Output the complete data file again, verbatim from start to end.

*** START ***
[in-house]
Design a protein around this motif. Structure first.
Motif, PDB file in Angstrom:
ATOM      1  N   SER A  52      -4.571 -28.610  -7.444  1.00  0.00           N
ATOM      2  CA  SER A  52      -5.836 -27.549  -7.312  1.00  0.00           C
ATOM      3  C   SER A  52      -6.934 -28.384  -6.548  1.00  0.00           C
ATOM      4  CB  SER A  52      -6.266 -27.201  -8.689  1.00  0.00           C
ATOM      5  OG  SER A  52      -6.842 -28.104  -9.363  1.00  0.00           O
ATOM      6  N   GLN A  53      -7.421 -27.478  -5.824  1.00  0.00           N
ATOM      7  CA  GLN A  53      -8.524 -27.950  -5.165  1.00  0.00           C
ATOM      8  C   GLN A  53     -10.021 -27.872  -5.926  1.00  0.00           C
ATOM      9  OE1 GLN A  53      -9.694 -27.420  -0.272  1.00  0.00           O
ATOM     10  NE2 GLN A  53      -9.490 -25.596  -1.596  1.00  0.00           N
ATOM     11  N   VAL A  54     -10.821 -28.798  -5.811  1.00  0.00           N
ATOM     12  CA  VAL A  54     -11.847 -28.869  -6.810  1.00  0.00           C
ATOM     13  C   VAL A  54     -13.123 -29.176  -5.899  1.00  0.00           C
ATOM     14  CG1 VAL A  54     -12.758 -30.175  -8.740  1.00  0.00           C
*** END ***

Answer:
[in-house]
Design a protein around this motif. Structure first.
Motif, PDB file in Angstrom:
ATOM      1  N   SER A  52      -4.571 -28.610  -7.444  1.00  0.00           N
ATOM      2  CA  SER A  52      -5.836 -27.549  -7.312  1.00  0.00           C
ATOM      3  C   SER A  52      -6.934 -28.384  -6.548  1.00  0.00           C
ATOM      4  CB  SER A  52      -6.266 -27.201  -8.689  1.00  0.00           C
ATOM      5  OG  SER A  52      -6.842 -28.104  -9.363  1.00  0.00           O
ATOM      6  N   GLN A  53      -7.421 -27.478  -5.824  1.00  0.00           N
ATOM      7  CA  GLN A  53      -8.524 -27.950  -5.165  1.00  0.00           C
ATOM      8  C   GLN A  53     -10.021 -27.872  -5.926  1.00  0.00           C
ATOM      9  OE1 GLN A  53      -9.694 -27.420  -0.272  1.00  0.00           O
ATOM     10  NE2 GLN A  53      -9.490 -25.596  -1.596  1.00  0.00           N
ATOM     11  N   VAL A  54     -10.821 -28.798  -5.811  1.00  0.00           N
ATOM     12  CA  VAL A  54     -11.847 -28.869  -6.810  1.00  0.00           C
ATOM     13  C   VAL A  54     -13.123 -29.176  -5.899  1.00  0.00           C
ATOM     14  CG1 VAL A  54     -12.758 -30.175  -8.740  1.00  0.00           C